Our forefathers took this very seriously – to the point that they amended the Constitution to guarantee extremely strong protections. To quote Mason:

That in all capital or criminal prosecutions a man hath a right to demand the cause and nature of his accusation

This is what “habeas corpus” is all about – the right to have ones case seen before a court to judge its legality, something which drone killings obviously don’t allow.

However it’s the “longer view” that I’m concerned about – combining an increasingly parroting unquestioning press (and even public) with and an ever growing secrecy/security state, we risk a future where the government can effectively claim anything without substantiation and then execute with impunity. Said executions being done with no checks and balances, no public oversight, and certainly not even a simulacrum of “due process”.

Maybe our leaders are generally getting it right, but if governments weren’t getting it wrong regularly, then our forefathers wouldn’t have inserted the significant inoculation of the 5th Amendment. In fact it was so important they went back and shoved basically the same thing in the 14th Amendment:

No State shall … deprive any person of life, liberty, or property, without due process of law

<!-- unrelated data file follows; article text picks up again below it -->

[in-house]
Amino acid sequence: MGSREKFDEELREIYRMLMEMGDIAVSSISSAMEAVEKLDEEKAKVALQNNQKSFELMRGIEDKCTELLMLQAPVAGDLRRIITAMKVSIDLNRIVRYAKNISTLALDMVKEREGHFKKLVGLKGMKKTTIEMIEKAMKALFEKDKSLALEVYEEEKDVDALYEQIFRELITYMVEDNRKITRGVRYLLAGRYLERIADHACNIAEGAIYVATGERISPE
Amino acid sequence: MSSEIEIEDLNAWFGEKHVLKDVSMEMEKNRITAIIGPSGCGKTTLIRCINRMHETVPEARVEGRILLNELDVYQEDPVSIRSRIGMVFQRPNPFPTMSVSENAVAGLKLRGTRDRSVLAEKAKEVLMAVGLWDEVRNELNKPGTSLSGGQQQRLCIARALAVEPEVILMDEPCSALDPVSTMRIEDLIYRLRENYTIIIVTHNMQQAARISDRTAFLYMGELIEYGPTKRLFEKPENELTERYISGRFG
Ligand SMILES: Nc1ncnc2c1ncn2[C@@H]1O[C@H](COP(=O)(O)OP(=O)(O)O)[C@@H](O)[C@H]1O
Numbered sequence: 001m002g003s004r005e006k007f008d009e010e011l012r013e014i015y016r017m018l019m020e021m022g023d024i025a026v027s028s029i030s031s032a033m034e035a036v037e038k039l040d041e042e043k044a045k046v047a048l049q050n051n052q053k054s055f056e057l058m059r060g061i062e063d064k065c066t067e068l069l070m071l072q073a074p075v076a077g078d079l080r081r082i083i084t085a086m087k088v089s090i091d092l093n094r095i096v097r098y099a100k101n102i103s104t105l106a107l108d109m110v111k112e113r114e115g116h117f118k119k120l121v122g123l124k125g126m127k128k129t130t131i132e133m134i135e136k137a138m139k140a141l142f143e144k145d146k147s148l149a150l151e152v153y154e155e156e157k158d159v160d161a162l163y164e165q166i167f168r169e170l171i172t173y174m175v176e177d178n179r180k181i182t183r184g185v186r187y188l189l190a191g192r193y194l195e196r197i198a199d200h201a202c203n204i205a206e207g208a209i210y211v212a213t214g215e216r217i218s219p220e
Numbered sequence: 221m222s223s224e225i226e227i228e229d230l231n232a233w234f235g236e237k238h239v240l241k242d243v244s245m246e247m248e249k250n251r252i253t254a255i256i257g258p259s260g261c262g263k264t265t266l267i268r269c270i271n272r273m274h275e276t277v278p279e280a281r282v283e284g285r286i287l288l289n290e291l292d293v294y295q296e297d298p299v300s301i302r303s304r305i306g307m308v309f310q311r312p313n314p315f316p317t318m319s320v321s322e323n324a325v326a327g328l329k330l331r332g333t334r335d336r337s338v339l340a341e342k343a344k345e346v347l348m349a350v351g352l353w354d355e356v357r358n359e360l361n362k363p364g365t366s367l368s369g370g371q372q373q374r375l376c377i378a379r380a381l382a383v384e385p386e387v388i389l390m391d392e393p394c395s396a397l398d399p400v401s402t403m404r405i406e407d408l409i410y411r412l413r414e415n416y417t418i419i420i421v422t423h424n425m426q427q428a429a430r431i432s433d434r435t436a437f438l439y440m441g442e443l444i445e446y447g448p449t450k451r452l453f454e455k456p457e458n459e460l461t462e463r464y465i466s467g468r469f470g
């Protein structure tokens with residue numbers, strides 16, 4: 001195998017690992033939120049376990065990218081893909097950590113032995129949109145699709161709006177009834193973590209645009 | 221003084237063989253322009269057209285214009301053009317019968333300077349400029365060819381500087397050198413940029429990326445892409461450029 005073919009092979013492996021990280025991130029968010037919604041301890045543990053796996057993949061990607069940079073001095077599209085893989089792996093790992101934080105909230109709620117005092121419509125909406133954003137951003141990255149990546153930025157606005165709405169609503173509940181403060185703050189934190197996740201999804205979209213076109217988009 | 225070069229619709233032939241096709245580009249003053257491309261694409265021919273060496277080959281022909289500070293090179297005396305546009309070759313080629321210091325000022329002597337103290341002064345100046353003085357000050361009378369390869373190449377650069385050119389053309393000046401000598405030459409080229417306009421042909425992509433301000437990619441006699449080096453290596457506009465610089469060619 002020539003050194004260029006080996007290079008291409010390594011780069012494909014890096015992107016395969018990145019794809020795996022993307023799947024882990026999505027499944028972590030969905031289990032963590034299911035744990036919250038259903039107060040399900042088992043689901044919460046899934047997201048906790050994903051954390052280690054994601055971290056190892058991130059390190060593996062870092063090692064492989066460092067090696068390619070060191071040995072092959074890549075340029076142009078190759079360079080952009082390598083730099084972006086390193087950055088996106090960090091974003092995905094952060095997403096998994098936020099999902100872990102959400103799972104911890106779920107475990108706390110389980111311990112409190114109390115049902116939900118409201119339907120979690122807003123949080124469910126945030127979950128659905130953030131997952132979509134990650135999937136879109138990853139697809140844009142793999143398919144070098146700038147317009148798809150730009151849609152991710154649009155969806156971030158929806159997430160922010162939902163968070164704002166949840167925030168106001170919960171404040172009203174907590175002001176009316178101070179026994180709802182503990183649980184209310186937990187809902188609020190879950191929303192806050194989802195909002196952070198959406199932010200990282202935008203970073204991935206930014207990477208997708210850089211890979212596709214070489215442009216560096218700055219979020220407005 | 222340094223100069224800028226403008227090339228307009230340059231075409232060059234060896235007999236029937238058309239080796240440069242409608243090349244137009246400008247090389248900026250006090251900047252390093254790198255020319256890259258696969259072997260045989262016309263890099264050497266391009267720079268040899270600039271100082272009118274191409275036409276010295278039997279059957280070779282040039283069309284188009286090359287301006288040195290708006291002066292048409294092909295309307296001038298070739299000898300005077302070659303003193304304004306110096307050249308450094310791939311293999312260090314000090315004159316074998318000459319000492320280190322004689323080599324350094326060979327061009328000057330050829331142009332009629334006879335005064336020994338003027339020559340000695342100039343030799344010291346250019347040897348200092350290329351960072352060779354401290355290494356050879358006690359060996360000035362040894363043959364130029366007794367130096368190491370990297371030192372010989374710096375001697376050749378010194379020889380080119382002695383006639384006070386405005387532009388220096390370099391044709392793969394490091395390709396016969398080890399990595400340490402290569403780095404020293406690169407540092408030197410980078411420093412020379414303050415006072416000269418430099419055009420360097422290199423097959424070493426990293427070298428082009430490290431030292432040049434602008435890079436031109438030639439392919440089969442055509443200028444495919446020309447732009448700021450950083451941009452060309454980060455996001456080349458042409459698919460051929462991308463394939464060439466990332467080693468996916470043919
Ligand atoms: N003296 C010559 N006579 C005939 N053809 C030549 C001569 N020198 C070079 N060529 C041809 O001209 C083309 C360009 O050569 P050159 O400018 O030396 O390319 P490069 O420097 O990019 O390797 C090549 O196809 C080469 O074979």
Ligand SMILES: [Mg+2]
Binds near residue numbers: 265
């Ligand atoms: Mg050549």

These laws were made by leaders who knew first hand what tyranny was about and sought to protect their nascent nation from ever facing it again.

So, while I get that Americans don’t give a shit if some brown foreigner sees “due process” (that alone is sad statement on the morality of the country), however these are Americans. Granted, brown Islamic (and in this case, probably “ass hole”) Americans, but still Americans.

Which brings me to a final quote (which I’m admit, I’m abusing the use of, but I think it gets the point across):

First they came for the communists,
and I didn’t speak out because I wasn’t a communist.

Then they came for the trade unionists,
and I didn’t speak out because I wasn’t a trade unionist.

Then they came for the Jews,
and I didn’t speak out because I wasn’t a Jew.

Then they came for me
and there was no one left to speak out for me.


We certainly know that bad countries get it wrong:

Syrian security forces killed 27 anti-government protesters and carried out wide-scale arrests as demonstrators took to the streets after Friday prayers to demand that President Bashar al-Assad step down

(though I should note, from a report that also similarly lacks “secondary sources” to substantiate its statements).

And people insist on keeping their guns because they are fearful of our government going “bad”, or to quote Scalia, the 2nd Amendment “right to bear arms”:

“was understood across the political spectrum that the right helped to secure the ideal of a citizen militia, which might be necessary to oppose an oppressive military force if the constitutional order broke down”

(OMG! I’m actually quoting Scalia!)

So, if it’s so probable that the government is going to go to pot that we have to hold on to our guns, we sure as hell need to hold on to “due process”.